July 24, 2007 - Welcome to IGN's weekly countdown of the exceptional, fascinating, and absurd: something we like to call Top 10 Tuesday. Every week we'll feature the top ten games, characters, fashion statements or whatever else we can think of that in some way relates to gaming and its history. And just because it's called Top 10 Tuesday doesn't mean it's always going to be a list of the best -- we like to razz on stuff as much as we like to praise it. From counting down the best consoles ever to revealing the worst-smelling instruction manuals, this is where it's at.
This week we give props to the masters of game design. These are the guys that have an uncanny knack for creating engaging gameplay experiences and have influenced the entire industry with their titles. Some on this list have created countless franchises and invented entirely new genres, while some may have only made one or two key titles that changed gaming (and maybe the world) forever. Did your favorite designer make the cut? Read on to find out.
Ask a few hardcore retro arcade junkies to name their favorite games of all time, and more than one Eugene Jarvis-designed title will likely make the cut. The kids today love their Geometry Wars, and it wouldn't exist without Robotron: 2084, a 1982 multi-directional arcade shooter that Jarvis co-designed for Williams Electronics. But he's probably best known for his 27-year-old household-name game Defender. Five buttons and a joystick? In 1980? Awesome.
Fun fact: Jarvis is the only videogame designer to have his work featured on a U.S. postage stamp. In a stamp produced for the Postal Service's "Celebrate the Century" series, two children are pictured playing Defender.
The one-hit wonder of this list, Alexey Pajitnov's contribution to our industry cannot be overestimated: he single-handedly created maybe the most-popular videogame of all time, Tetris. Perfect in every way, the appeal of Tetris is universal. Not just a classic videogame, it's an all-time classic game, right up there with chess, monopoly, and dominoes. Tetris embodies what just about every other puzzle game aspires to be: easy to learn, difficult to master. Pajitnov went on to make more games, many of which were Tetris spin-offs such as Welltris and Hatris. His latest masterpiece is included on every Xbox 360: Hexic.
Fun fact: Although it was released over 20 years ago, Pajitnov has only recently begun to make money off of Tetris, as it was mired in Soviet bureaucracy.
8. Richard Garriott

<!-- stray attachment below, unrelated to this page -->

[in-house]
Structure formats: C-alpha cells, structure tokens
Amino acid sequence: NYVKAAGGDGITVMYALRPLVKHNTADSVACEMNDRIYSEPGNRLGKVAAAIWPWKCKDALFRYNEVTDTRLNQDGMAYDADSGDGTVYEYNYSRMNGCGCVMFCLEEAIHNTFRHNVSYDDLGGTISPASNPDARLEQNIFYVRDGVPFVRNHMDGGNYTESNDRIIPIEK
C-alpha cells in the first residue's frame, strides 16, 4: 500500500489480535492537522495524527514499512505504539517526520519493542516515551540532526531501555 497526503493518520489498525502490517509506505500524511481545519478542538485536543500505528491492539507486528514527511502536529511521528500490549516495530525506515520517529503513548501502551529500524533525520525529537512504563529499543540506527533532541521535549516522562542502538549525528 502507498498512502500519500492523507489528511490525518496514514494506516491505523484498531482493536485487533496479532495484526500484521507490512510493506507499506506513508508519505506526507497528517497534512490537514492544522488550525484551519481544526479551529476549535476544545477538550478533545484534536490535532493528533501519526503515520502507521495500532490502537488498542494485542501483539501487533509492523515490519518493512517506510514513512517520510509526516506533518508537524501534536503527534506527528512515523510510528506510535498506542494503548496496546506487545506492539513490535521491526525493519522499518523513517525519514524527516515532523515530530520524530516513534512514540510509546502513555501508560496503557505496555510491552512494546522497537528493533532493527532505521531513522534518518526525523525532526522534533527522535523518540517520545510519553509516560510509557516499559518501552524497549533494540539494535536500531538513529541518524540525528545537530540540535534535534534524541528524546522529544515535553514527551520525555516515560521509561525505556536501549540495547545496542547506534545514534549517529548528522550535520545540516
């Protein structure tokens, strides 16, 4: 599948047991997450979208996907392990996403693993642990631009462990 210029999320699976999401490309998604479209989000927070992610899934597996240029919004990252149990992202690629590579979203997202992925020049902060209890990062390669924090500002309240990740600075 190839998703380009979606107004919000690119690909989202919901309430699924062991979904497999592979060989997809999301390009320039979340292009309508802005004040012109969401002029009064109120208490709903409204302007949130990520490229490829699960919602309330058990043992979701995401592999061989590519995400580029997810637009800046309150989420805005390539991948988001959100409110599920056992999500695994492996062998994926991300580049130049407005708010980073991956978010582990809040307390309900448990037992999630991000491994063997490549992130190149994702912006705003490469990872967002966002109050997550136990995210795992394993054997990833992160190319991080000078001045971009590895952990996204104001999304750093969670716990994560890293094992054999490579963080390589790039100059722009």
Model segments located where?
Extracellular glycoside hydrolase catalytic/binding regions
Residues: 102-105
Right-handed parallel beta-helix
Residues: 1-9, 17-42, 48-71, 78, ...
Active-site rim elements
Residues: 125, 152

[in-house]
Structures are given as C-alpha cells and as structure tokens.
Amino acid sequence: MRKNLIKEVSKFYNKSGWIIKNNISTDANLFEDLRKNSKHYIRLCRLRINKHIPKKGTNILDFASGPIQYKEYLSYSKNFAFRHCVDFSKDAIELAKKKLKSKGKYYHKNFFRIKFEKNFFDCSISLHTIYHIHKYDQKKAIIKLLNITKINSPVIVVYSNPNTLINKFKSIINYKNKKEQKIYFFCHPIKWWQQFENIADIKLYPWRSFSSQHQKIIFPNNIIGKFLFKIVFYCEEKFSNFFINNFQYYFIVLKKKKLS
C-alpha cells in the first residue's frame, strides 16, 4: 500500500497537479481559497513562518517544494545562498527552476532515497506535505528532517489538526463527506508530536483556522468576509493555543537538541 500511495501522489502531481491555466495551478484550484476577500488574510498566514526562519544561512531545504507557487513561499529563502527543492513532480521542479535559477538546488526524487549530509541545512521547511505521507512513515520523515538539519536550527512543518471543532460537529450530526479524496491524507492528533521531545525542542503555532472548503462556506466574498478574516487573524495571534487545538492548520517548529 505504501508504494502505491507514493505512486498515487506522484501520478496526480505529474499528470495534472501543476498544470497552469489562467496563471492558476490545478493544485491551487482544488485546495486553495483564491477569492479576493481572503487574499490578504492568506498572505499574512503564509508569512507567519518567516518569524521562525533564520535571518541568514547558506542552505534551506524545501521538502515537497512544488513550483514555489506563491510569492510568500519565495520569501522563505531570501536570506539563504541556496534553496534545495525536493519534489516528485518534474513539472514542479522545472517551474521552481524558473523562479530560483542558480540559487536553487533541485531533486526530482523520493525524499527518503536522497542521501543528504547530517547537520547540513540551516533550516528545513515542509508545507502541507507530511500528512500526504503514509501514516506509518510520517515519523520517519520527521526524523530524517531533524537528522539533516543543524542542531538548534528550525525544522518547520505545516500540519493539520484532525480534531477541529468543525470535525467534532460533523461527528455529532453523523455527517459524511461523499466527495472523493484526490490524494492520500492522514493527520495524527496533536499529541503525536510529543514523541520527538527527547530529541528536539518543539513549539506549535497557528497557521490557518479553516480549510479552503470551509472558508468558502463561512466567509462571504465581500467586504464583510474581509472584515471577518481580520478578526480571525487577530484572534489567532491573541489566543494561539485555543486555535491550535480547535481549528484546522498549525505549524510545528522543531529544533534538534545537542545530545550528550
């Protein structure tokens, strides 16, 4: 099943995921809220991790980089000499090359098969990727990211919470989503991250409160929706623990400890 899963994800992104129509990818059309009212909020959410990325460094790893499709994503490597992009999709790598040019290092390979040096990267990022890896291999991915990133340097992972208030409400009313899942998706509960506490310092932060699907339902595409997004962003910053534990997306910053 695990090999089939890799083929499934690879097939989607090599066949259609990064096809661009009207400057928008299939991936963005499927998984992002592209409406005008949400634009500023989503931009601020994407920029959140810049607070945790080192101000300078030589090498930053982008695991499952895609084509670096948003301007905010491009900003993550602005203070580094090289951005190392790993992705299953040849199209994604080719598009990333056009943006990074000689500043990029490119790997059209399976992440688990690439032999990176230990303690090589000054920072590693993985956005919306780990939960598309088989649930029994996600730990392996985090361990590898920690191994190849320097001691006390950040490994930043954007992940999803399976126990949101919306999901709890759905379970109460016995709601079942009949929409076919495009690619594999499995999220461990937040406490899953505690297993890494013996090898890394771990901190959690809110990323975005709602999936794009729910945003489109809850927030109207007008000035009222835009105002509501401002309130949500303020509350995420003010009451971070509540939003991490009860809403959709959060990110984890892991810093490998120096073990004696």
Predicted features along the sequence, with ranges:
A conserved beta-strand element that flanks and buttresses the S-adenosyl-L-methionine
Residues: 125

Notable Games: Akalabeth: World of Doom (aka Ultima 0), Ultima series, Lineage II
When most programmers in the fledgling videogame industry were racing to create the next PONG clone, Richard Garriott was distributing copies of his homebrewed computer RPG/dungeon crawler Akalabeth: World of Doom in Ziploc bags. The 1979/1980 game was a precursor to the Ultima series, which helped define the Western RPG videogame tradition, both online and offline. He calls himself Lord British, and we do, too.
Fun fact: Where do we begin? Garriott's home in Austin, Tex., is called Britannia Manor and features a dungeon, space exploration artifacts, and a coffin.
7. Hironobu Sakaguchi
Notable Games: Final Fantasy, Chrono Trigger, Kingdom Hearts
Having created Final Fantasy and overseeing games like Parasite Eve, Kingdom Hearts, and Super Mario RPG, Hironobu Sakaguchi knows a thing or two about deep, involving game experiences. His interest in marrying the storytelling of film with the interactivity of videogames has given us more motivation while we play. Outside the world of RPGs, Sakaguchi has brought interesting ideas to the table with innovative titles like the 3D NES games 3-D World Runner and Rad Racer and the realistic, weapons-based fighting game Bushido Blade on PSX. In 2000, Sakaguchi was inducted into the Academy of Interactive Arts & Sciences' Hall of Fame.
Fun fact: Final Fantasy was Sakaguchi's last-ditch attempt to save Square from bankruptcy, hence the title. Obviously, the game ended up being anything but final.
6. Shinji Mikami
Notable Games: Resident Evil/Biohazard series, Devil May Cry, Viewtiful Joe
With his landmark zombie suspense-fest Resident Evil (Biohazard in Japan) for the PlayStation in 1996, Capcom's Shinji Mikami entered gamers into the world of survival horror. Sure, some of it had been done before - namely in the 1992 computer game Alone in the Dark - but it took Mikami's creepy, intense vision to make the genre soar. As if creating the Resident Evil series isn't enough of a resume, Mikami also had a god-like hand in fan favorites Devil May Cry and Viewtiful Joe.